3 more bikers file civil rights lawsuits over Twin Peaks shootout arrests

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Three more bikers arrested after the Twin Peaks shootout in Waco filed a civil rights lawsuit Friday, claiming they were improperly arrested and denied due process.
Theron Rhoten, Jonathan Lopez and Ryan William Craft, all members of the Vice Grip Motorcycle Club from Travis County, bring the total of bikers who have filed civil lawsuits to 13.

All 13 filed suit in federal court in Austin and all are represented by Dallas attorney Don Tittle, who successfully represented nine sheriff’s deputies who sued McLennan County and Sheriff Parnell McNamara on claims they were retaliated against for backing McNamara’s political opponent.

“These three guys have not been indicted, nor should they,” Tittle said. “These are guys who love building and restoring old bikes. They are not members of a gang. They are defined by their love of vintage motorcycles, and everybody out there that day remembered them because they were in love with their old bikes. I don’t know why they decided to arrest them and I don’t think my clients have any idea, either.”

The lawsuit names McLennan County District Attorney Abel Reyna, Waco Police Chief Brent Stroman, Waco police Detective Manuel Chavez and an unnamed Department of Public Safety agent as defendants.

All defendants previously have declined to comment on the lawsuits.

The suit alleges unlawful arrest and due process violations and claims the plaintiffs were arrested with no evidence that they committed any crimes or had any ties to warring biker groups the Bandidos or the Cossacks.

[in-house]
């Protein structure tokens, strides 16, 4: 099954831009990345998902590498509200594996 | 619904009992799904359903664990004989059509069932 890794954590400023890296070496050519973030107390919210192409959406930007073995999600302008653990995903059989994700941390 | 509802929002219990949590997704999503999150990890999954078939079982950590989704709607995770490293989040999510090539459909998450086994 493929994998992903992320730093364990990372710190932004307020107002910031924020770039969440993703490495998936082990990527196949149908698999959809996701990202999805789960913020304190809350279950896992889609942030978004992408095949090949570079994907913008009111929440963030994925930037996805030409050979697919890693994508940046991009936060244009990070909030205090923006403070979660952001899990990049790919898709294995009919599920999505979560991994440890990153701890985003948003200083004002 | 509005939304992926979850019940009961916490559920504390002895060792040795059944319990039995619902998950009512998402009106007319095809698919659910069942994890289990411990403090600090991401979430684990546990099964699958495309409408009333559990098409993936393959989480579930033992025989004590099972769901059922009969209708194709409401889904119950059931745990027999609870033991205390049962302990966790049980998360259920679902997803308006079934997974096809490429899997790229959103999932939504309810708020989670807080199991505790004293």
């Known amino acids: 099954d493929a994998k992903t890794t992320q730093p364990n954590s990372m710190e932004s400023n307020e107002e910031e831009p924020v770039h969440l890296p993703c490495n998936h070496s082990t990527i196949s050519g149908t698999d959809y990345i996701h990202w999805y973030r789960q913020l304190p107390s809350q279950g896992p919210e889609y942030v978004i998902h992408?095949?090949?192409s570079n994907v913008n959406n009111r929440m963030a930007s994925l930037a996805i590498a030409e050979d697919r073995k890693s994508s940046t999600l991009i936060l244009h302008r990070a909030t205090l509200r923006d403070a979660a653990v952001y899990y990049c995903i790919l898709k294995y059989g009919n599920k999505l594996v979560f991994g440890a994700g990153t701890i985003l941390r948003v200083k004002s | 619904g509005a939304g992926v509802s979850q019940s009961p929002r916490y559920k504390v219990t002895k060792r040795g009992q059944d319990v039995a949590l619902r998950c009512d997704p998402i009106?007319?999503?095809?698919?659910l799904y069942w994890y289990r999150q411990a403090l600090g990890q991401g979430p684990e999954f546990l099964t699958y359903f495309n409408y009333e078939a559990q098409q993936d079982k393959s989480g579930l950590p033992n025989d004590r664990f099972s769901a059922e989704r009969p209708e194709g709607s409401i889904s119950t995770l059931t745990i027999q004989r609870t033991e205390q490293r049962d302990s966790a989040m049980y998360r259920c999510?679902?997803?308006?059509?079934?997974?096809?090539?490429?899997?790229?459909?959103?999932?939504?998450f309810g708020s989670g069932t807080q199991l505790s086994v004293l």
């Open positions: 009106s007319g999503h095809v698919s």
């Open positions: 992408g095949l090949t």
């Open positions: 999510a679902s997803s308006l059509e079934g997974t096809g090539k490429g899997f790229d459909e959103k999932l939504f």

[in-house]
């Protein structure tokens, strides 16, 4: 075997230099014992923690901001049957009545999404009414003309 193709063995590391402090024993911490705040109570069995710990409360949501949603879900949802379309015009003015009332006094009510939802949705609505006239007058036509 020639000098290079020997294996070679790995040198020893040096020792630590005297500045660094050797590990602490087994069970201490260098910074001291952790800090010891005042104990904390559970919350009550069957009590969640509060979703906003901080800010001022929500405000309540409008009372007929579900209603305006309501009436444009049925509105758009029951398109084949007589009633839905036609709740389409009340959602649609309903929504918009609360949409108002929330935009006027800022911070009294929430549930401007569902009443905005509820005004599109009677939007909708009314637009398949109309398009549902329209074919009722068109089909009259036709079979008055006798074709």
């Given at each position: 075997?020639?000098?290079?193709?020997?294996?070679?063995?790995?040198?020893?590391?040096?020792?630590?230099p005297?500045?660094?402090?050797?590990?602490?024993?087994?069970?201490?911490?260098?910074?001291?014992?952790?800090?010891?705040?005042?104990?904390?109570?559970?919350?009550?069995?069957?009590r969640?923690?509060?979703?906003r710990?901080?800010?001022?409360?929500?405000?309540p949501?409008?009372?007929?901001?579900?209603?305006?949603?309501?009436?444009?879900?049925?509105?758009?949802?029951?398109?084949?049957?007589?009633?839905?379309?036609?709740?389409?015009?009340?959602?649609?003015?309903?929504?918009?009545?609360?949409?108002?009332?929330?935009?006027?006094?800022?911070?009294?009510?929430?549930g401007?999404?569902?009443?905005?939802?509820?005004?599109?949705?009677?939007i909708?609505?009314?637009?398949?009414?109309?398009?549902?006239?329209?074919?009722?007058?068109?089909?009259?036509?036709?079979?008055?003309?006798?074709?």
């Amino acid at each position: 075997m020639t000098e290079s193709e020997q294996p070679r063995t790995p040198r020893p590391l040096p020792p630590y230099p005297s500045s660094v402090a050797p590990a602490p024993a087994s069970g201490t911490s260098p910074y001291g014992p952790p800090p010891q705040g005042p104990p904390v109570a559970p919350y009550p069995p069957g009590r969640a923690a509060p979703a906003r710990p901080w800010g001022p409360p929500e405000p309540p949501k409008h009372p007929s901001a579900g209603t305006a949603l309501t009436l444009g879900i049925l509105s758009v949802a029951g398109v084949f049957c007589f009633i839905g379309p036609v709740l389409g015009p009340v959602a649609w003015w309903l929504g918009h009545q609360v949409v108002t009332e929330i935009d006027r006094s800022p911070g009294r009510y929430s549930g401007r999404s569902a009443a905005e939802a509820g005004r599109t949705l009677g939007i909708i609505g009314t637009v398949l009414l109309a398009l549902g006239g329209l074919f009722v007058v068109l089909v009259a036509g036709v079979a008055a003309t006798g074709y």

“Despite a total lack of particularized evidence relating to specific individuals, defendants Stroman, Chavez and Reyna determined that individuals would be arrested and charged with engaging in organized criminal activity based entirely on their presence at Twin Peaks, the motorcycle club that defendants presumed an individual was associated with, and/or the clothing they were wearing at the time of the incident,” the suit alleges. “Rather than investigating the incident and relying on actual facts to establish probable cause, defendants theorized that a conspiracy of epic proportion between dozens of people had taken place, and willfully ignored the total absence of facts to support their ‘theory.’ ”

The suit claims the arrest warrant affidavit, which was identical for all arrested that day, falsely alleges that the bikers all were members of a criminal street gang. The document was drafted by the DA’s office and obtained by Chavez.

‘An indisputable fact’

“That statement is categorically false,” the lawsuit says. “It is an indisputable fact that defendants did not possess any reliable, particularized information to indicate that plaintiffs themselves were members of a criminal street gang on or before the date such fact was sworn to by defendant Chavez.”

Biker Ray Nelson filed a motion to disqualify Reyna from prosecuting the cases because of his role in the investigation and his decision to charge the wide array of bikers. A hearing on that motion is set for June 13. His attorney charged that Reyna “commandeered” the investigation after Waco police detectives had already processed a busload of bikers, identified them and allowed them to go home that evening.

“In the aftermath of the incident at Twin Peaks, defendants apparently concluded that the Bill of Rights to the U.S. Constitution ceased to apply and could be ignored given what they perceived as an immediate need to announce the re-establishment of law and order in their town,” the suit alleges.

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